Today we’re passing buckets, of rubble, yet again, and Ayessa is playing, coyly, behind us with kittens in a discarded blue toilet on top of a heap of gravel that will no doubt be used for cement at some point. She’s wearing a “Dora the Explorer” top, one of Simone’s favorite cartoons. These things are universal, I find, based on the “Frozen” and “Little Mermaid” and “Transformer” clothing we’ve seen. Ayessa’s dad is working on the ground beside us, preparing rebar to be used for vertical cement forming. He tells us his name is Adam, like my son-in-law, however he pronounces it with a long A. Ay-dam. And Ayessa, he clarifies, is not Aye-eesh-a at all, but pretty much as it looks, Aye-ess-a. There is a man in front of me bending small pieces of rebar on a make-shift table. The flower man, holding yellowing blossoms, wanders by, then the fish man, carrying a bar and balancing two buckets on his shoulders, then a motorcycle with a square cooler on the back selling Frostee-Cremes, then the man with the colorful kids’ beds. Oh, and then the Jirvin truck backs in from the other direction with a cement block delivery.
On one side of the road is the row of two-story walk-ups being constructed and on the other side of the road is the village. The community, and a gated one at that. Apparently the slums on the exterior contain drug-dealers and are quite dangerous. Bistekville IV holds a population of about 400 people, yet only 200 will fit into the new buildings. As sections of the village are destroyed for new construction, inhabitants are moved to bunk houses. I haven’t seen a bunk house yet.
Beside the discarded blue toilet where Ayessa plays is a cage containing a rooster. These cages are everywhere and they move around from time to time. I’ve seen them in the midst of the construction zone. Apparently there are cock fights with these gorgeous birds and the loser is dinner. In intervals of at least every five minutes you hear them cry out. I referred to it previously as a “cock-a-doodle-do”, but it’s more insistent than that, more like a, “Get to work now!”
On the other side of Ayessa sits her grandma, perhaps, with a small boy, her brother, perhaps, on a two-seater plastic garden bench that has broken arms held together by the wire we use to strengthen the rebar with. There are clean socks, drying, on a clothes hanger with pegs above them. Clothes are drying everywhere throughout the village, color-coded, the whites, then the various colors, in order. How they remain clean amidst the dust is a miracle, but Kathie bought some of the magic purple powder for the whites and it must work because when you see the children in their school uniforms their white shirts and blouses glisten.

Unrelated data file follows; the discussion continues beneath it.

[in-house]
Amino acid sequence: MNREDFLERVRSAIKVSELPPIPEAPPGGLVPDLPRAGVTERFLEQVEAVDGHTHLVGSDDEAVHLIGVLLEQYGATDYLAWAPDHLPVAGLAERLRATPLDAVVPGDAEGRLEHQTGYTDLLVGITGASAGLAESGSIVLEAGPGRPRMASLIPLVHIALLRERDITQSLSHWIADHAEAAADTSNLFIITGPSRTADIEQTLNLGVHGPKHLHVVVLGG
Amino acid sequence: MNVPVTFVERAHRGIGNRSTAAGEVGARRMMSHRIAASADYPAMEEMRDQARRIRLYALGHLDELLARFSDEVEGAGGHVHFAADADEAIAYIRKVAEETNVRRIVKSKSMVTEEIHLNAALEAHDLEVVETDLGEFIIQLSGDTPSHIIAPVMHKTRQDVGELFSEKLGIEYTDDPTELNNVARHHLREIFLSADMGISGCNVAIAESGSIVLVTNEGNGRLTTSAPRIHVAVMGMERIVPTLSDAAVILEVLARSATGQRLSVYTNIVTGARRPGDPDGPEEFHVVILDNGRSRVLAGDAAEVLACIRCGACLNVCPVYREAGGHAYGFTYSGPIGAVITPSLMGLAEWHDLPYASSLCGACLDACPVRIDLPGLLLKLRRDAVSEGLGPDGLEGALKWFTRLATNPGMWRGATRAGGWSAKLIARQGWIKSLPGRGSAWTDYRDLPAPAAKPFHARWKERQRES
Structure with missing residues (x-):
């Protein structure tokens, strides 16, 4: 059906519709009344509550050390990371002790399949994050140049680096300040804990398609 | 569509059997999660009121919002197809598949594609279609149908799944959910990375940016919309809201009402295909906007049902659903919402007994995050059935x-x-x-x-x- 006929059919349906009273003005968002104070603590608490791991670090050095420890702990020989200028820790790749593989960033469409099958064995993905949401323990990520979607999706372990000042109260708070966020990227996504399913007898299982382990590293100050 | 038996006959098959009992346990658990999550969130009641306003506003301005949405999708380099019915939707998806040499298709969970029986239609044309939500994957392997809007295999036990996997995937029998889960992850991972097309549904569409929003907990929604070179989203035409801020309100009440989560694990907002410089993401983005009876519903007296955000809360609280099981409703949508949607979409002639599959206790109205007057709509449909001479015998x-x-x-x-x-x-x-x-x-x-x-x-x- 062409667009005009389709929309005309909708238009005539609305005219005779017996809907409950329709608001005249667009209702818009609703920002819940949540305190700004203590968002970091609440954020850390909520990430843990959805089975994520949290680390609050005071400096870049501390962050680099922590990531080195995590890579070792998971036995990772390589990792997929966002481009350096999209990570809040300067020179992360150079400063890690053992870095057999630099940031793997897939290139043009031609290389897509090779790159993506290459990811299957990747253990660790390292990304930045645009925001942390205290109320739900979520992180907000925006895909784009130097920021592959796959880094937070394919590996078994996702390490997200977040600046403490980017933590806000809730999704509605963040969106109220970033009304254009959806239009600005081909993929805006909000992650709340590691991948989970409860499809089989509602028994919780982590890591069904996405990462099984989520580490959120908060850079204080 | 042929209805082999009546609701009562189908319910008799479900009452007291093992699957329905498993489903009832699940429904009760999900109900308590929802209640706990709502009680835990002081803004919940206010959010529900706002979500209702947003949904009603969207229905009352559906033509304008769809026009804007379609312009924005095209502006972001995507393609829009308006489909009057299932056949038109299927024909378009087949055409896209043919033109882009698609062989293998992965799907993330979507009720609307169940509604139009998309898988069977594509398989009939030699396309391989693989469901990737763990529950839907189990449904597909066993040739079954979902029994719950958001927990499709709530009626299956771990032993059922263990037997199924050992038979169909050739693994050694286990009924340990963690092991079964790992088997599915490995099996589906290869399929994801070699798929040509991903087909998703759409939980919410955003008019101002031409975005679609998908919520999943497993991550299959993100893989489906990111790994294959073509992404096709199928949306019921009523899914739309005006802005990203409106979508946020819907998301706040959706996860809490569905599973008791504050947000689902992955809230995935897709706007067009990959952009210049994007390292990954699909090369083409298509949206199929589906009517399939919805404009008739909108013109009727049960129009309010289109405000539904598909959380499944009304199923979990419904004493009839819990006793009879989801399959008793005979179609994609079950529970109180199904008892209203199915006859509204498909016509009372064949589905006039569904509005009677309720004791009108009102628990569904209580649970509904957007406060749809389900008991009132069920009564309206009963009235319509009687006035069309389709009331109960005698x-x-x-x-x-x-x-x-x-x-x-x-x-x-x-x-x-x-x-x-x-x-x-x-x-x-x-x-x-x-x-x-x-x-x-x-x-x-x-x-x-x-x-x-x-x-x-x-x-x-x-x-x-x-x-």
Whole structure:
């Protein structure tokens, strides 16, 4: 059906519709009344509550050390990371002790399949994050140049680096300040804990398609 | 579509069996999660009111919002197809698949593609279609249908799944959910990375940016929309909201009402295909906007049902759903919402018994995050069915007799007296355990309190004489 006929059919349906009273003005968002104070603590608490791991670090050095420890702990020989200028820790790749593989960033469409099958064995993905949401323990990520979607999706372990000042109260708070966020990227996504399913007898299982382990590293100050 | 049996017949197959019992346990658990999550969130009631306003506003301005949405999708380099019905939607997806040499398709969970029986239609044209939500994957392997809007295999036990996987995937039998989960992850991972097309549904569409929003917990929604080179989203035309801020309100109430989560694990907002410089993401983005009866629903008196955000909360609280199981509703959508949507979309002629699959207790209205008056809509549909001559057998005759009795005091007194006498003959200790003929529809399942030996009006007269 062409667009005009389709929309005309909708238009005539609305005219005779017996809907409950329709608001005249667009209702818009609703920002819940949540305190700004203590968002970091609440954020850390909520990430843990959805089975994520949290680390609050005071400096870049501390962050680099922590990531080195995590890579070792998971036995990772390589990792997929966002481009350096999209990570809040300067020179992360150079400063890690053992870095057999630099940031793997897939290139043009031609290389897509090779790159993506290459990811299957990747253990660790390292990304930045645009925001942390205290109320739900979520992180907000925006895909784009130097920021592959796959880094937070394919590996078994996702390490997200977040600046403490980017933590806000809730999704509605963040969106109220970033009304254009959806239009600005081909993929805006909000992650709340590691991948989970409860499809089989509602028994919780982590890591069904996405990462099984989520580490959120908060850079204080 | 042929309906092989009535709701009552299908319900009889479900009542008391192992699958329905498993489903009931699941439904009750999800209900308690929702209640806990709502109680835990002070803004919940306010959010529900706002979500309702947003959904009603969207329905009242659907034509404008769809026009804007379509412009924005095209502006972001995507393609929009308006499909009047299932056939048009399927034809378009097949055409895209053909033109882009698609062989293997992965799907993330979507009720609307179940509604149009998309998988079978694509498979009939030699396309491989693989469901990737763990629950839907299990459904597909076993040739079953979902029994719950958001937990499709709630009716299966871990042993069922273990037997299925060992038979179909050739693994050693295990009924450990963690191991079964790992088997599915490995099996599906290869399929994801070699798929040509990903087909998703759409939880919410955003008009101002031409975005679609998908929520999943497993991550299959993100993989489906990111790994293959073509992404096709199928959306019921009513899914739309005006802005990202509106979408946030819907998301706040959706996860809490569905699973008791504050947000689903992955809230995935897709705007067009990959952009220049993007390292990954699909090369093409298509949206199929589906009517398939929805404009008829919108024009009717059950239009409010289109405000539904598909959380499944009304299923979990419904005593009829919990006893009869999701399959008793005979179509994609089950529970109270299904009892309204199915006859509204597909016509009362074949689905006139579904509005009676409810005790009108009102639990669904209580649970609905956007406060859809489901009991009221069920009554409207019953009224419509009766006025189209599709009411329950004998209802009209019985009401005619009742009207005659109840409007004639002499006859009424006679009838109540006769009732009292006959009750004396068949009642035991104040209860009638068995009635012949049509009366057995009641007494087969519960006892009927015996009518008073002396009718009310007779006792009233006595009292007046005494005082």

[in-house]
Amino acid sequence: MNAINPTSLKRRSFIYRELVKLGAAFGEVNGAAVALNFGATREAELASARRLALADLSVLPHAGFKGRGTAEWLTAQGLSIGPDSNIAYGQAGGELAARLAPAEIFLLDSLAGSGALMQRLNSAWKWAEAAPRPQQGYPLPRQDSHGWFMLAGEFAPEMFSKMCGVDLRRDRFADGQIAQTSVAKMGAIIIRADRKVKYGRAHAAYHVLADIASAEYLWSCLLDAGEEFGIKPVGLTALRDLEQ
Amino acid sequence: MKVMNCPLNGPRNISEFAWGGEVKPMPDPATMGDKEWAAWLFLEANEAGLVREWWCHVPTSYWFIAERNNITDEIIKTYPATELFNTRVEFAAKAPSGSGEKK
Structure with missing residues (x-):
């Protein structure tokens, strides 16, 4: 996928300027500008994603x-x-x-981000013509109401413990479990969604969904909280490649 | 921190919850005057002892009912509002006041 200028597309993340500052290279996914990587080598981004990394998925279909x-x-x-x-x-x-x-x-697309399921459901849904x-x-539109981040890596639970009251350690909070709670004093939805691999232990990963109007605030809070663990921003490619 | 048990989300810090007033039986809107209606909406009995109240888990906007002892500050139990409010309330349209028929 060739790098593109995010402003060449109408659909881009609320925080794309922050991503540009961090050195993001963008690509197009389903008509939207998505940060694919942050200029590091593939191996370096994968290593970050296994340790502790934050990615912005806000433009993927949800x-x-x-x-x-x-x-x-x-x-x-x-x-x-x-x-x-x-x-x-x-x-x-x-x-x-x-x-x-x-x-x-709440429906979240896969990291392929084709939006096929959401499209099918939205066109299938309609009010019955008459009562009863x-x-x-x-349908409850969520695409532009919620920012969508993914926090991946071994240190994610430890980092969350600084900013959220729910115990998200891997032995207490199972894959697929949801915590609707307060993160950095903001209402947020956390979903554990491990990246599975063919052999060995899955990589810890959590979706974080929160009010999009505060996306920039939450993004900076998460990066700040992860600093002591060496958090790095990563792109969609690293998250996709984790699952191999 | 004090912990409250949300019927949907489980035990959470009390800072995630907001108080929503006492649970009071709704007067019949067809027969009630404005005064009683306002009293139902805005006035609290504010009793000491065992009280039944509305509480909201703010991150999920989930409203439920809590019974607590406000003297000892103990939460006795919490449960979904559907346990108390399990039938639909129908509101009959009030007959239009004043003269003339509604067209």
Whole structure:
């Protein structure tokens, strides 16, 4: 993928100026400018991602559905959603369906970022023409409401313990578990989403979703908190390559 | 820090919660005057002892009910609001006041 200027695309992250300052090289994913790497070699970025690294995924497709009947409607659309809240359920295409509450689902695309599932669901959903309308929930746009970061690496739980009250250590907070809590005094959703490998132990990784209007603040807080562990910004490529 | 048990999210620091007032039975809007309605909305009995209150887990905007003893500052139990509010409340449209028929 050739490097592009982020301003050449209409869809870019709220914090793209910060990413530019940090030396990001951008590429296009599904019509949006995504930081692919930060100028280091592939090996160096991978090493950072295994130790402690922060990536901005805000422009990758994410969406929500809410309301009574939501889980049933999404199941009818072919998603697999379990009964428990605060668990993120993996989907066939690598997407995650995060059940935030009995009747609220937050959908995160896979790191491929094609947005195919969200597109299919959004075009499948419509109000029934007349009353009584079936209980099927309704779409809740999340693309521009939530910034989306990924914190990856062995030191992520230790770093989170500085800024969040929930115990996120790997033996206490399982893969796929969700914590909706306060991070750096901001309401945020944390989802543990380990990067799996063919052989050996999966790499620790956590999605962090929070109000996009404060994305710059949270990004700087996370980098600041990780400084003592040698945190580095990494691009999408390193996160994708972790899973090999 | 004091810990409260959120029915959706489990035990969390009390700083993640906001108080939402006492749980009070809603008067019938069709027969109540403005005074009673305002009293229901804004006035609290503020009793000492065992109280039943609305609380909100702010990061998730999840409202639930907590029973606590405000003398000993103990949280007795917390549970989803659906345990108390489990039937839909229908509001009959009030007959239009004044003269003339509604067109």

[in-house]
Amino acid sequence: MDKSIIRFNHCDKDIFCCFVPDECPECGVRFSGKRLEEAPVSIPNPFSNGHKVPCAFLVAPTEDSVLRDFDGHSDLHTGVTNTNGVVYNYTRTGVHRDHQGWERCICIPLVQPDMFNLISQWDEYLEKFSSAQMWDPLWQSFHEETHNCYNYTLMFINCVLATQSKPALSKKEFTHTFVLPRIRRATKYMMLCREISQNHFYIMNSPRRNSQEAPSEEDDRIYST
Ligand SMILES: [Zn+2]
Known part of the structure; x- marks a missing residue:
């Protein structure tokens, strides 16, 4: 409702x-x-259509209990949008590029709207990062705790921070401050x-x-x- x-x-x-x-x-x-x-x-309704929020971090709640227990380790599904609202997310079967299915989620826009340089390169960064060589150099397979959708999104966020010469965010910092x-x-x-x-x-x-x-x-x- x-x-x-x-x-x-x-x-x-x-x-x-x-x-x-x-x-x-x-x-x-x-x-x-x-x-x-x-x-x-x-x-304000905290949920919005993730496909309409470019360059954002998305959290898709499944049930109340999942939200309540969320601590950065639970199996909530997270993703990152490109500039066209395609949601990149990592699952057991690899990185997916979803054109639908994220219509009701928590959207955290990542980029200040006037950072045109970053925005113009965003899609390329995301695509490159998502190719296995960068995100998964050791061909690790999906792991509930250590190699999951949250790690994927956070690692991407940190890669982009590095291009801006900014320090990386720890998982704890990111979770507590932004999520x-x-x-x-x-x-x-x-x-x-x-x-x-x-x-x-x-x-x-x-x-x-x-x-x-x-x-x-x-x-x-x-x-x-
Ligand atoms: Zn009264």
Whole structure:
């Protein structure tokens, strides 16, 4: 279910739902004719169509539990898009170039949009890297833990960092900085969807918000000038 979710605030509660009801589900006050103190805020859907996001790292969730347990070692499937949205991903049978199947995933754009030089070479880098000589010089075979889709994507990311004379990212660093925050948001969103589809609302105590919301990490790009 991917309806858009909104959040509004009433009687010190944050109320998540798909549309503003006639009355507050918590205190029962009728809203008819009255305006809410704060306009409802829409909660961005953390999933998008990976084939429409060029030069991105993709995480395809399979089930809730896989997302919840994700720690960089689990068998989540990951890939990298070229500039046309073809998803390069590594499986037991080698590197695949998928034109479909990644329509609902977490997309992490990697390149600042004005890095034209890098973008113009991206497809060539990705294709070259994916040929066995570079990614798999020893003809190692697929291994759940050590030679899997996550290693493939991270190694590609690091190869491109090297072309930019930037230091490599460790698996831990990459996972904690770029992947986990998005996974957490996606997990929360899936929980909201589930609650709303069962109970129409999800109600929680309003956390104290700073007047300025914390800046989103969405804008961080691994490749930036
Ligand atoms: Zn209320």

School is expensive and Anna, our Habitat connection here, got pretty choked up telling us about a boy, Jericho, who had to quit school in grade 4 because his parents couldn’t afford to continue sending him.
Speaking of children, the average number per family seems to be four. Most people are Catholic, so have yet to embrace birth control. Also, access, as well as the money for it, is scarce.
Dogs and cats, not routinely neutered, are abundant and most don’t look too healthy.
So, the village consists of a construction zone, homes, church, several convenience stores (it seems like every other dwelling sells something) and farming/breeding operations. The population swells regularly with Habitat for Humanity volunteers.
Construction has been going on for a couple of years, so Ayessa is used to moving aside for truck deliveries and practising English or Japanese or Chinese with the Habitat volunteers. And, by now, I’m sure she’s used to the smaller size of her family dwelling, chopped back, literally, to allow for construction of the new apartments. Having visited Bistekville I on Saturday, we volunteers are thrilled with how a completed community looks, how proud the home-owners are and how they’ve enhanced their space with trees and shrubs and flowers, and even some grass. Hopefully, Ayessa and her father Adam, and the rest of her family will be granted space in one of the new buildings we’ve been working on over the past two weeks.
And, hopefully, Adam can afford to send Ayessa to school.
Great story! I have been reading them as you post, and feel as if I am right there with you – sans the aching muscles from lugging buckets all day, of course. You have a knack for making it real. Keep up the good work!